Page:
Need to Know
16 : 11 : 22

A campaign in support of stammering, femtech brand Emm turns the tide on menstrual care and consumers boycott Kanye West after anti-Semitic allegations.

These billboards challenge preconceptions about stammering

It's How We Talk by Stamma, UK

UK – People who speak with a stammer frequently face abusive comments and misunderstandings. A new campaign created by the British Stammering Society, Stamma, aims to change preconceptions and improve representation for this community.

The campaign’s posters and video capture people who speak with a stammer mid-sentence, celebrating these slightly awkward in-between moments and challenging comments many have endured. While academics estimate that 1% of the population speak with a stammer, a YouGov poll in Britain from 2018 to 2021 found that 2–4% say they stammer, suggesting that many people hide it.

In the It’s How We Talk campaign, created by agency VMLY&R London, 17 members of the community were captured mid-flow, bringing out very human moments. ‘Some people see stammering as beautiful, others as something ugly and worth fixing. Regardless of what you think about this campaign, the fact remains – it's just how some people talk. Deal with it,’ says Daniel Liakh, director and creative at VMLY&R London.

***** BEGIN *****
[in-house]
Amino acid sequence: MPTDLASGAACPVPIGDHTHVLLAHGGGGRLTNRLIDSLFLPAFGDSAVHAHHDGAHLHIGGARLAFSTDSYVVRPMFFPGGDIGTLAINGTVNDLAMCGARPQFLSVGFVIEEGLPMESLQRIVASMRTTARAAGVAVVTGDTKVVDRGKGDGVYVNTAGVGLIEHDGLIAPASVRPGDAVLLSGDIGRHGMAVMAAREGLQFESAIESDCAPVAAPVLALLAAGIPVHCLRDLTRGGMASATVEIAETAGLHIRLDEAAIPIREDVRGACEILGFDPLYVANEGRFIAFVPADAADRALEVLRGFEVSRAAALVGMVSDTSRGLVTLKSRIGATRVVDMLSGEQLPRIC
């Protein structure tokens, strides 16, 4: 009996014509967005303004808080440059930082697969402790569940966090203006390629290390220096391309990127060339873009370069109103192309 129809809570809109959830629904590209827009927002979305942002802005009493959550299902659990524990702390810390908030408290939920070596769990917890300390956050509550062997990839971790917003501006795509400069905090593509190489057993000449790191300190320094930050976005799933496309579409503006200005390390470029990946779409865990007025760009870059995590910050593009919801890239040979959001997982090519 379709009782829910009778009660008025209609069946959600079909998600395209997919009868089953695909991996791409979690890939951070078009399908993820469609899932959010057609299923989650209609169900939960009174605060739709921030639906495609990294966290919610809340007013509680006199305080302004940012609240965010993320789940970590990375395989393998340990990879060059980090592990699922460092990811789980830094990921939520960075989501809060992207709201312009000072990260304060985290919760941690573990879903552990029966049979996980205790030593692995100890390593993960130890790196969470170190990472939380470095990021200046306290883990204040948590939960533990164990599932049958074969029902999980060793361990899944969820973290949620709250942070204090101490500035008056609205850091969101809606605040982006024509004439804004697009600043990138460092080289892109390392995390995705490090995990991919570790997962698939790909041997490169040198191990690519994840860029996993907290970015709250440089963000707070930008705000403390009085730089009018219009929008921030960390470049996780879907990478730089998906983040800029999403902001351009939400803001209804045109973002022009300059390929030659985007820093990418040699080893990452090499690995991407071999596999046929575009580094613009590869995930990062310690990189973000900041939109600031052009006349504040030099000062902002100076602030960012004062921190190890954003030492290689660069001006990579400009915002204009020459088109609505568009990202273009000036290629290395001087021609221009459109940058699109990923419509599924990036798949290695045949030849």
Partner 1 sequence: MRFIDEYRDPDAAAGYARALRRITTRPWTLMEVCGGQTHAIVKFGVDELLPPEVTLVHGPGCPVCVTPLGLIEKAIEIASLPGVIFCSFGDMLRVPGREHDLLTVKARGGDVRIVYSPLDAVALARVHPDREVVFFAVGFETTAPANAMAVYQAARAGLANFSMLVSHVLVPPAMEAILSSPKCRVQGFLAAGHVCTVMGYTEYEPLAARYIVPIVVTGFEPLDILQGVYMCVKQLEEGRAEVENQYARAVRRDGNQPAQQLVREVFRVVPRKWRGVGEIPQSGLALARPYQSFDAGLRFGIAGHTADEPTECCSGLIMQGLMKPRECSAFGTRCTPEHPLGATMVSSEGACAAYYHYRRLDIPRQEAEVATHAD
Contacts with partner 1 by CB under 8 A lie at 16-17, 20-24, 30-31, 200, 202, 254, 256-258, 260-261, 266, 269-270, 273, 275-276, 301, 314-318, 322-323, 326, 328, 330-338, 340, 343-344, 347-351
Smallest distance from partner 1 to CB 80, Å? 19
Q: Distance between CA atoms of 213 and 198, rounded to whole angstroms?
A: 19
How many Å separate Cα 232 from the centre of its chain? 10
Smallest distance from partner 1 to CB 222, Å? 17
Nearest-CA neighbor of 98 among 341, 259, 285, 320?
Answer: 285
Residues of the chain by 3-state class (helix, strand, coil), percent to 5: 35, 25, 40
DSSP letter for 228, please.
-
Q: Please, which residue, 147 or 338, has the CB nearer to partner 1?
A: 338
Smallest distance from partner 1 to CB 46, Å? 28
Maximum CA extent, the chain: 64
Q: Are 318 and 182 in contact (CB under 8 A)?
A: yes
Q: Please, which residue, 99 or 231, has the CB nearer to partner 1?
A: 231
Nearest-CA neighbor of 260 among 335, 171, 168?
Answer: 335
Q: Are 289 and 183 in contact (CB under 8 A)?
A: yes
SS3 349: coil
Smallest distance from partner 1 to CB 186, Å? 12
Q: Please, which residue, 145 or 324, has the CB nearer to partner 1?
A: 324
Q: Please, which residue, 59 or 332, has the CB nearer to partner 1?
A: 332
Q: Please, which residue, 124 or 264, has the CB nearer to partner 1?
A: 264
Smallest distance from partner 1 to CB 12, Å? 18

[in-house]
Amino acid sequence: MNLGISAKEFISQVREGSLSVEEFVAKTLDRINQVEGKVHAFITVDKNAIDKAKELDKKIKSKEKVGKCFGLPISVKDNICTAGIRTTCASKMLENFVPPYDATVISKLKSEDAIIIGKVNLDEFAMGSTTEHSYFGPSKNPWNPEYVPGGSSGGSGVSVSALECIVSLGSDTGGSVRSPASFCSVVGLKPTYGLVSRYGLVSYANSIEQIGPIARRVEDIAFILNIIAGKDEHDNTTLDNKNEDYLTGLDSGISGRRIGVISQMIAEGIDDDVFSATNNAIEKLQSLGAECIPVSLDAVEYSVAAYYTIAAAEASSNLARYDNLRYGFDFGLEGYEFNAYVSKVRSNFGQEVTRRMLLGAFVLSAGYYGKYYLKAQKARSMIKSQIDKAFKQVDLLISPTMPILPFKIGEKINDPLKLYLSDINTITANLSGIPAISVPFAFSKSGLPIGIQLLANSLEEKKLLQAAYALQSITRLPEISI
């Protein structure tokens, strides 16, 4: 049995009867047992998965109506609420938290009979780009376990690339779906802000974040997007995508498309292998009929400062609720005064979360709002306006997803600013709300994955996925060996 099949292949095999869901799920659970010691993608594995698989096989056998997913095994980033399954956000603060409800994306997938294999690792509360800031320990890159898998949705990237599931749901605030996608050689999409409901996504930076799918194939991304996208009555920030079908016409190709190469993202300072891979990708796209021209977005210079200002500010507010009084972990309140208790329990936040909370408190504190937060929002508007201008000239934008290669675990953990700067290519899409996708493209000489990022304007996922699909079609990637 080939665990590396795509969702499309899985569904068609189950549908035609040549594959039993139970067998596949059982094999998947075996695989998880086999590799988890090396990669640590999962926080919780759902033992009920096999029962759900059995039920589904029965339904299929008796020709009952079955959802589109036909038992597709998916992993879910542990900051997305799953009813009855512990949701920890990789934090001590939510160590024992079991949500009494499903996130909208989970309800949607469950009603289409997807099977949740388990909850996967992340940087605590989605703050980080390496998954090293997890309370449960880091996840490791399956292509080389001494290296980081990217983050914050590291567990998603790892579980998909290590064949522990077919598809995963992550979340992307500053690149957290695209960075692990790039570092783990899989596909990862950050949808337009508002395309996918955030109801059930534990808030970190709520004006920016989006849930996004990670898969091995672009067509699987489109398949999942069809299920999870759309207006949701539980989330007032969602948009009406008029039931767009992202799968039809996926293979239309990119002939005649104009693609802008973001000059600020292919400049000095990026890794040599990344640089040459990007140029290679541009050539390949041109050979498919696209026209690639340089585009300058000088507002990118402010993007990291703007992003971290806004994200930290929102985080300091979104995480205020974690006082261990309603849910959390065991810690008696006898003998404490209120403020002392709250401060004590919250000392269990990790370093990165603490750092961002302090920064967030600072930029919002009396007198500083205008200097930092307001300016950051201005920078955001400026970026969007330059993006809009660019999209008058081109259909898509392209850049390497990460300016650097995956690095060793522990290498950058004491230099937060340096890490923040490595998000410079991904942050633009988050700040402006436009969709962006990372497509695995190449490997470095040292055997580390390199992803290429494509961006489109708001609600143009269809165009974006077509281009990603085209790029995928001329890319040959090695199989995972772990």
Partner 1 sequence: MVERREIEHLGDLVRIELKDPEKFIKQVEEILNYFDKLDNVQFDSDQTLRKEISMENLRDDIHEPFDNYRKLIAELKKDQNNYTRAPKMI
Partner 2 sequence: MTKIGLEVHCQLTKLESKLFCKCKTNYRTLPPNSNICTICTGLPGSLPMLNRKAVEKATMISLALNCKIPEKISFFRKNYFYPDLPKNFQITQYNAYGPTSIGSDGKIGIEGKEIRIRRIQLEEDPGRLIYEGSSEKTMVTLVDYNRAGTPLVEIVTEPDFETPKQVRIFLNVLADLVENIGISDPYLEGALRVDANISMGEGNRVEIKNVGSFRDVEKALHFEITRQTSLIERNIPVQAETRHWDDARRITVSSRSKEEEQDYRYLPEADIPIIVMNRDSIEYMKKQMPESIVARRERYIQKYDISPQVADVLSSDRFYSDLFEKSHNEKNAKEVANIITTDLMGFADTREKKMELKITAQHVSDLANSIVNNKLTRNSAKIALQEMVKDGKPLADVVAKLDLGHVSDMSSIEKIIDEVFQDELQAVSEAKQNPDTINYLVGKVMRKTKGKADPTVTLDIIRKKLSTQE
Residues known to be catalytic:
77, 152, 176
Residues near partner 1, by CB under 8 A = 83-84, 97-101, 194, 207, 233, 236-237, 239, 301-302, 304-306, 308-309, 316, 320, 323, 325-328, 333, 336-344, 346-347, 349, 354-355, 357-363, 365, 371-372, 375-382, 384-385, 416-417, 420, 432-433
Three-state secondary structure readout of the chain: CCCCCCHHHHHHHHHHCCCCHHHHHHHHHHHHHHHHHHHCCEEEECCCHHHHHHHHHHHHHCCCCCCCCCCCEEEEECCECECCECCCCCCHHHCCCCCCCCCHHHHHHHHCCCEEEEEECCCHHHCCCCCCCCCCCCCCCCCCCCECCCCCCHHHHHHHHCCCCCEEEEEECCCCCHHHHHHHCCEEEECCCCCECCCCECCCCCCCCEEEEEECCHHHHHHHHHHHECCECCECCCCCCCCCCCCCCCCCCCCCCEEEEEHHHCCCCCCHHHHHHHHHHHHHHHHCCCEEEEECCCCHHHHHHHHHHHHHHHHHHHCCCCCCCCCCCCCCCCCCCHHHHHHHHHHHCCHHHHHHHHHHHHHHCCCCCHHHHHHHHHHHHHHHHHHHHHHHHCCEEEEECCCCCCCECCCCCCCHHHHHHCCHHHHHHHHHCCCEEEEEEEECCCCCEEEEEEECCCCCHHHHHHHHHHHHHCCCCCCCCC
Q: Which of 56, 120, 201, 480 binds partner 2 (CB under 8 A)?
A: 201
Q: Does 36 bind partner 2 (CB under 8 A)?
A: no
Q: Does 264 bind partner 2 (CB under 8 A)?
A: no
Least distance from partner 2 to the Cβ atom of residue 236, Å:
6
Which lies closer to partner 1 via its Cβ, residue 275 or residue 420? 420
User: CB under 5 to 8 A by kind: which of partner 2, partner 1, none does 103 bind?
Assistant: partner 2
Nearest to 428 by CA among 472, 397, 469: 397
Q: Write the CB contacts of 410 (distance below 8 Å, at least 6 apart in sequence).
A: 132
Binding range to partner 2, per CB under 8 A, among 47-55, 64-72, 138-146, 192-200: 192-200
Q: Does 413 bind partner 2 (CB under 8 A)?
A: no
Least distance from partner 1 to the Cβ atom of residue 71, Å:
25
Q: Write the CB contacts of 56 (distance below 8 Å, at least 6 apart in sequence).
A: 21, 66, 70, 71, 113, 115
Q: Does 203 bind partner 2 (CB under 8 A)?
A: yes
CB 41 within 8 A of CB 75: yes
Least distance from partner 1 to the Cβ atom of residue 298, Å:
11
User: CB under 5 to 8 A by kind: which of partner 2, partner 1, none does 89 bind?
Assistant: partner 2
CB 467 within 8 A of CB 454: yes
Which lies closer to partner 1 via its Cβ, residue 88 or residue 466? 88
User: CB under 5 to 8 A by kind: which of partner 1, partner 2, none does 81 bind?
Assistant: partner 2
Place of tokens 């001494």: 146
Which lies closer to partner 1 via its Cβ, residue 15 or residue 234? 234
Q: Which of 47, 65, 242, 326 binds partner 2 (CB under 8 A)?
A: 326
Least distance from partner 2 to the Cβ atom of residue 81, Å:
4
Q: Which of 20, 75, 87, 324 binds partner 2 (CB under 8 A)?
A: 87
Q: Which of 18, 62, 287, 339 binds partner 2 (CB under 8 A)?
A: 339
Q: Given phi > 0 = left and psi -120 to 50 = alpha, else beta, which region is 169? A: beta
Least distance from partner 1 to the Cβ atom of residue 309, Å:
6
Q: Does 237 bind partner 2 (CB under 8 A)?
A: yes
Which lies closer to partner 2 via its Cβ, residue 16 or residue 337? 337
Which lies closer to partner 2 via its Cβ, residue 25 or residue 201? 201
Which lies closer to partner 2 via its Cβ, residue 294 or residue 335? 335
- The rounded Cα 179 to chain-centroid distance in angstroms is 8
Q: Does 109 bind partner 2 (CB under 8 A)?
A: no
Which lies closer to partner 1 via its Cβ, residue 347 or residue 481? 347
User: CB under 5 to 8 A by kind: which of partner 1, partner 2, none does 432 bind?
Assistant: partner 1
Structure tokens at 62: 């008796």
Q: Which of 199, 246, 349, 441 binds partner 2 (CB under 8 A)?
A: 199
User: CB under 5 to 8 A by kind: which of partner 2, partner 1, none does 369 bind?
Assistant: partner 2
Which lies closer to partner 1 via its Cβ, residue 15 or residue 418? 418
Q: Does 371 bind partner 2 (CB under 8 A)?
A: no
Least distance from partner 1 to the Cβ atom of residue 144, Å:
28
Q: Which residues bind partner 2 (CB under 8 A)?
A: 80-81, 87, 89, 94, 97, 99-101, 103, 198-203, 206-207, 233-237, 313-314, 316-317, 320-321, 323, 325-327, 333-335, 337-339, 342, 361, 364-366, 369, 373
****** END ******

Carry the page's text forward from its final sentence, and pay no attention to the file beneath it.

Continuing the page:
The campaign continues to challenge the narrative around neurodivergence from a design perspective, a subject we’ve previously explored in Divergent Design.

Strategic opportunity

With many people hiding neurodivergencies rather than face reactions to them, how can your brand help celebrate differences and improve representation?

Femtech brand Emm is turning the tide on menstrual care

Emm identity by How&How, UK Emm identity by How&How, UK
Emm identity by How&How, UK Emm identity by How&How, UK

UK – Emm, a disruptor in the femtech sector and creator of the first smart menstrual cup, has unveiled a new punchy branding designed by creative studio How&How.

The brand’s visual identity is inspired by phases of the menstrual cycle and the accompanying symptoms. The logo reflects the patterns and waves of data, female cycles and health, a combination of strength and fluidity.

Emm’s line, set to be commercialised in early 2023, empowers women with data and insights about their menstrual cycle. The bio-wearable technology automatically monitors flow volume, rate and regularity via smart sensors in the cup which connect to an app on the wearer’s phone. ‘Emm gives those who menstruate the chance to understand their bodies like never before. Smart sensor tech used in the cup will be able to benefit female health. It could change the way female health research is conducted and help close the gender health gap,’ explains founder Jenny Button.

Whether it’s Tech-powered Perimenopause, fertility solutions or menstruation support, the femtech sector is booming and catering for women’s needs at all life stages.

Strategic opportunity